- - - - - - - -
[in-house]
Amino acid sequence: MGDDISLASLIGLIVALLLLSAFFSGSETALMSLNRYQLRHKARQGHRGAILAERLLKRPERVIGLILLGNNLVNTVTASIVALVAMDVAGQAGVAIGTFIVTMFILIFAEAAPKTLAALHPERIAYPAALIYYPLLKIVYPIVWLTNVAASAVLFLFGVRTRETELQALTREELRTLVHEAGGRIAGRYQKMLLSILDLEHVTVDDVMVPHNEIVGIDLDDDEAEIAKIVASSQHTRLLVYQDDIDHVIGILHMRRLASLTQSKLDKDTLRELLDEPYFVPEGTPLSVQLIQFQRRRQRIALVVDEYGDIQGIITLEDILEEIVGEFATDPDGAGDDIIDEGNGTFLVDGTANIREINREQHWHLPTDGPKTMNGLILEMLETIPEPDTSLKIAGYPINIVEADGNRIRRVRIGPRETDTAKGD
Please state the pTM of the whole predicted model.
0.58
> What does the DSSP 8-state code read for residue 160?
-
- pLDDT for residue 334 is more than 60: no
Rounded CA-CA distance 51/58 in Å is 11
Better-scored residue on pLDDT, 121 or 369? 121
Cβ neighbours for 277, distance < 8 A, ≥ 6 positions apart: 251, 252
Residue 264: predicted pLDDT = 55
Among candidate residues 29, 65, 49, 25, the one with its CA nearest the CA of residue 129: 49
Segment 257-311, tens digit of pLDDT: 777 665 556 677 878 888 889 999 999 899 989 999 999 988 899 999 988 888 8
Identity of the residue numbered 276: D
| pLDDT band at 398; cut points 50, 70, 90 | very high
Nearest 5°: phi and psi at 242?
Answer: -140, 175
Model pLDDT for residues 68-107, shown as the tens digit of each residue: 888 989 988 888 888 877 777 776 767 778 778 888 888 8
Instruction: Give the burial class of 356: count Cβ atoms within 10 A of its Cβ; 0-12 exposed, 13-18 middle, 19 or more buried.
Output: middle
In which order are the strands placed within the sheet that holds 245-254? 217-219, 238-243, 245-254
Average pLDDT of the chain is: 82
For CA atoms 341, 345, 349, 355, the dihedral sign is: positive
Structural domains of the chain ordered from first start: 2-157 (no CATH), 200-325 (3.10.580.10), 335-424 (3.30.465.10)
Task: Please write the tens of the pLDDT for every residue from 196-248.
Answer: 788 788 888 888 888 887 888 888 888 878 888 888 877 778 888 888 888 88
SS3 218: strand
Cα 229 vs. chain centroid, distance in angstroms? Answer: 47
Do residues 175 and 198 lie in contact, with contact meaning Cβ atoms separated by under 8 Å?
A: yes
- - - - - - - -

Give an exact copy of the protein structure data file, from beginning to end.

[in-house]
Amino acid sequence: MGDDISLASLIGLIVALLLLSAFFSGSETALMSLNRYQLRHKARQGHRGAILAERLLKRPERVIGLILLGNNLVNTVTASIVALVAMDVAGQAGVAIGTFIVTMFILIFAEAAPKTLAALHPERIAYPAALIYYPLLKIVYPIVWLTNVAASAVLFLFGVRTRETELQALTREELRTLVHEAGGRIAGRYQKMLLSILDLEHVTVDDVMVPHNEIVGIDLDDDEAEIAKIVASSQHTRLLVYQDDIDHVIGILHMRRLASLTQSKLDKDTLRELLDEPYFVPEGTPLSVQLIQFQRRRQRIALVVDEYGDIQGIITLEDILEEIVGEFATDPDGAGDDIIDEGNGTFLVDGTANIREINREQHWHLPTDGPKTMNGLILEMLETIPEPDTSLKIAGYPINIVEADGNRIRRVRIGPRETDTAKGD
Please state the pTM of the whole predicted model.
0.58
> What does the DSSP 8-state code read for residue 160?
-
- pLDDT for residue 334 is more than 60: no
Rounded CA-CA distance 51/58 in Å is 11
Better-scored residue on pLDDT, 121 or 369? 121
Cβ neighbours for 277, distance < 8 A, ≥ 6 positions apart: 251, 252
Residue 264: predicted pLDDT = 55
Among candidate residues 29, 65, 49, 25, the one with its CA nearest the CA of residue 129: 49
Segment 257-311, tens digit of pLDDT: 777 665 556 677 878 888 889 999 999 899 989 999 999 988 899 999 988 888 8
Identity of the residue numbered 276: D
| pLDDT band at 398; cut points 50, 70, 90 | very high
Nearest 5°: phi and psi at 242?
Answer: -140, 175
Model pLDDT for residues 68-107, shown as the tens digit of each residue: 888 989 988 888 888 877 777 776 767 778 778 888 888 8
Instruction: Give the burial class of 356: count Cβ atoms within 10 A of its Cβ; 0-12 exposed, 13-18 middle, 19 or more buried.
Output: middle
In which order are the strands placed within the sheet that holds 245-254? 217-219, 238-243, 245-254
Average pLDDT of the chain is: 82
For CA atoms 341, 345, 349, 355, the dihedral sign is: positive
Structural domains of the chain ordered from first start: 2-157 (no CATH), 200-325 (3.10.580.10), 335-424 (3.30.465.10)
Task: Please write the tens of the pLDDT for every residue from 196-248.
Answer: 788 788 888 888 888 887 888 888 888 878 888 888 877 778 888 888 888 88
SS3 218: strand
Cα 229 vs. chain centroid, distance in angstroms? Answer: 47
Do residues 175 and 198 lie in contact, with contact meaning Cβ atoms separated by under 8 Å?
A: yes